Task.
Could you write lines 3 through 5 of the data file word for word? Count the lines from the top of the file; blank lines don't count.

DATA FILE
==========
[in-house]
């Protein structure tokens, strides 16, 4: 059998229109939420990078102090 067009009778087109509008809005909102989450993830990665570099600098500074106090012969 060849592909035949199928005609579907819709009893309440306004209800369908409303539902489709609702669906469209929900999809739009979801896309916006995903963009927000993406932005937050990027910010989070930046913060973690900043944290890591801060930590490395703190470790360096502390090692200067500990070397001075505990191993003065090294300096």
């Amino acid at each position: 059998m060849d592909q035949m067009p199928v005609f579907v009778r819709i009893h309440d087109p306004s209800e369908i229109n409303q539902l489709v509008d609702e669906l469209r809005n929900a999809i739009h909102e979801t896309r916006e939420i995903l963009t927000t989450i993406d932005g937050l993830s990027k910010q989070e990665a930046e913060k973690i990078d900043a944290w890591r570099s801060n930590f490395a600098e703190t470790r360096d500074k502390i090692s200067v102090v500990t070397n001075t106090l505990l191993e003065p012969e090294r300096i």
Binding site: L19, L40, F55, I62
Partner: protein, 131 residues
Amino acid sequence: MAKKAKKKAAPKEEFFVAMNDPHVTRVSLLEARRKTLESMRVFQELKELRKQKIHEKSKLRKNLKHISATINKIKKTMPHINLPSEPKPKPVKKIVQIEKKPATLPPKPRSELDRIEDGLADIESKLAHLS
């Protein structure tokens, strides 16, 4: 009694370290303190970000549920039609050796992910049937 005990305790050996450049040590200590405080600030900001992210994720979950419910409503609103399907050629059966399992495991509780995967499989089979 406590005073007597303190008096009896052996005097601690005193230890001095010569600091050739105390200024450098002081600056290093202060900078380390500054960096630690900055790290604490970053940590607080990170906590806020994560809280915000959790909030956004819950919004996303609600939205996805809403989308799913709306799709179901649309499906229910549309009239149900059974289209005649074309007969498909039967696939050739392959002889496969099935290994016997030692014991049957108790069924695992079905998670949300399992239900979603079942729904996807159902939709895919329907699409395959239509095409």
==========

């Amino acid at each position: 059998m060849d592909q035949m067009p199928v005609f579907v009778r819709i009893h309440d087109p306004s209800e369908i229109n409303q539902l489709v509008d609702e669906l469209r809005n929900a999809i739009h909102e979801t896309r916006e939420i995903l963009t927000t989450i993406d932005g937050l993830s990027k910010q989070e990665a930046e913060k973690i990078d900043a944290w890591r570099s801060n930590f490395a600098e703190t470790r360096d500074k502390i090692s200067v102090v500990t070397n001075t106090l505990l191993e003065p012969e090294r300096i």
Binding site: L19, L40, F55, I62
Partner: protein, 131 residues